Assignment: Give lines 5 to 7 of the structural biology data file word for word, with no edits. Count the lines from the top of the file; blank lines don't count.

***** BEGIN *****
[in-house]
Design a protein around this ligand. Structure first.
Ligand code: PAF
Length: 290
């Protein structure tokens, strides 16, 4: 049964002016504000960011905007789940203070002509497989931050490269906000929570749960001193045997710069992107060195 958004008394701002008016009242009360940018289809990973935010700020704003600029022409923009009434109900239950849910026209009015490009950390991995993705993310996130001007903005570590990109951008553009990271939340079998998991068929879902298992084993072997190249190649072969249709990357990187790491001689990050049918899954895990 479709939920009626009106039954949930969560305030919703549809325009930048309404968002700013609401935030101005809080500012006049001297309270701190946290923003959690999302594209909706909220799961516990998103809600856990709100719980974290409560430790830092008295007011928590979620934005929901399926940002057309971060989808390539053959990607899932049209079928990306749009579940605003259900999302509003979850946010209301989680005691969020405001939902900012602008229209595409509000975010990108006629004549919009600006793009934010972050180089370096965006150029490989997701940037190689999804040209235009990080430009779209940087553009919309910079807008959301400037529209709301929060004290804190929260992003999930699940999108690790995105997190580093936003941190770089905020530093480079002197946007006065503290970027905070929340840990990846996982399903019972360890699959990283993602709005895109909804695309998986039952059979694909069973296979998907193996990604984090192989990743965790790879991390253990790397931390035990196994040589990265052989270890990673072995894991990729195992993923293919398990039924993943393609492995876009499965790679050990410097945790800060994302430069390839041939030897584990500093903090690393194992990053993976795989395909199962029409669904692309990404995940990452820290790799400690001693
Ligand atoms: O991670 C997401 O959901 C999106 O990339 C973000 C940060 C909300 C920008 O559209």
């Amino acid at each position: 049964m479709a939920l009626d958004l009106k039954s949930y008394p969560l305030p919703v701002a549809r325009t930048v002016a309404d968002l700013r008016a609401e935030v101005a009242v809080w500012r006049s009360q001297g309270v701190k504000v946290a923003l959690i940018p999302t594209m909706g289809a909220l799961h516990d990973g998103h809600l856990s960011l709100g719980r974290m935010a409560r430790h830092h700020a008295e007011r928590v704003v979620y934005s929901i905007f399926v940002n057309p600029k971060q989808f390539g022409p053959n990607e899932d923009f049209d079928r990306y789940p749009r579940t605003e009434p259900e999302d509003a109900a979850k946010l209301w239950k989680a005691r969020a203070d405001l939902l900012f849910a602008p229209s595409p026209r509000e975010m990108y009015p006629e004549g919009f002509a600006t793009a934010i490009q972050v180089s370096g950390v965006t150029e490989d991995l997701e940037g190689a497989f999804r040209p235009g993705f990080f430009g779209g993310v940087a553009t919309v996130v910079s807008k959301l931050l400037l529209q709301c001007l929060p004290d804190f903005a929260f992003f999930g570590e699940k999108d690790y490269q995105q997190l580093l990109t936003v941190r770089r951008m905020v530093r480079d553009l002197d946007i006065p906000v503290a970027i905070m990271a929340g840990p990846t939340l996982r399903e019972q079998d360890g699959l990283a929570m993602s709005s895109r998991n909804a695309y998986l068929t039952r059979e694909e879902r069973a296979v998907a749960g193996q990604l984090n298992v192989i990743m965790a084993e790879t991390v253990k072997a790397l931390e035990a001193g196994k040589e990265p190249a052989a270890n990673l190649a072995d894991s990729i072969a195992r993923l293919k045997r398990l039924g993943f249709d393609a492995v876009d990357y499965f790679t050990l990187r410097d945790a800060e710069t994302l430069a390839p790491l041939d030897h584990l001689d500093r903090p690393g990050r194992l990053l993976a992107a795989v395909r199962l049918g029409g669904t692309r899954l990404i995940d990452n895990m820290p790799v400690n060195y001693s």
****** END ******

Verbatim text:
């Protein structure tokens, strides 16, 4: 049964002016504000960011905007789940203070002509497989931050490269906000929570749960001193045997710069992107060195 958004008394701002008016009242009360940018289809990973935010700020704003600029022409923009009434109900239950849910026209009015490009950390991995993705993310996130001007903005570590990109951008553009990271939340079998998991068929879902298992084993072997190249190649072969249709990357990187790491001689990050049918899954895990 479709939920009626009106039954949930969560305030919703549809325009930048309404968002700013609401935030101005809080500012006049001297309270701190946290923003959690999302594209909706909220799961516990998103809600856990709100719980974290409560430790830092008295007011928590979620934005929901399926940002057309971060989808390539053959990607899932049209079928990306749009579940605003259900999302509003979850946010209301989680005691969020405001939902900012602008229209595409509000975010990108006629004549919009600006793009934010972050180089370096965006150029490989997701940037190689999804040209235009990080430009779209940087553009919309910079807008959301400037529209709301929060004290804190929260992003999930699940999108690790995105997190580093936003941190770089905020530093480079002197946007006065503290970027905070929340840990990846996982399903019972360890699959990283993602709005895109909804695309998986039952059979694909069973296979998907193996990604984090192989990743965790790879991390253990790397931390035990196994040589990265052989270890990673072995894991990729195992993923293919398990039924993943393609492995876009499965790679050990410097945790800060994302430069390839041939030897584990500093903090690393194992990053993976795989395909199962029409669904692309990404995940990452820290790799400690001693
Ligand atoms: O991670 C997401 O959901 C999106 O990339 C973000 C940060 C909300 C920008 O559209």
């Amino acid at each position: 049964m479709a939920l009626d958004l009106k039954s949930y008394p969560l305030p919703v701002a549809r325009t930048v002016a309404d968002l700013r008016a609401e935030v101005a009242v809080w500012r006049s009360q001297g309270v701190k504000v946290a923003l959690i940018p999302t594209m909706g289809a909220l799961h516990d990973g998103h809600l856990s960011l709100g719980r974290m935010a409560r430790h830092h700020a008295e007011r928590v704003v979620y934005s929901i905007f399926v940002n057309p600029k971060q989808f390539g022409p053959n990607e899932d923009f049209d079928r990306y789940p749009r579940t605003e009434p259900e999302d509003a109900a979850k946010l209301w239950k989680a005691r969020a203070d405001l939902l900012f849910a602008p229209s595409p026209r509000e975010m990108y009015p006629e004549g919009f002509a600006t793009a934010i490009q972050v180089s370096g950390v965006t150029e490989d991995l997701e940037g190689a497989f999804r040209p235009g993705f990080f430009g779209g993310v940087a553009t919309v996130v910079s807008k959301l931050l400037l529209q709301c001007l929060p004290d804190f903005a929260f992003f999930g570590e699940k999108d690790y490269q995105q997190l580093l990109t936003v941190r770089r951008m905020v530093r480079d553009l002197d946007i006065p906000v503290a970027i905070m990271a929340g840990p990846t939340l996982r399903e019972q079998d360890g699959l990283a929570m993602s709005s895109r998991n909804a695309y998986l068929t039952r059979e694909e879902r069973a296979v998907a749960g193996q990604l984090n298992v192989i990743m965790a084993e790879t991390v253990k072997a790397l931390e035990a001193g196994k040589e990265p190249a052989a270890n990673l190649a072995d894991s990729i072969a195992r993923l293919k045997r398990l039924g993943f249709d393609a492995v876009d990357y499965f790679t050990l990187r410097d945790a800060e710069t994302l430069a390839p790491l041939d030897h584990l001689d500093r903090p690393g990050r194992l990053l993976a992107a795989v395909r199962l049918g029409g669904t692309r899954l990404i995940d990452n895990m820290p790799v400690n060195y001693s």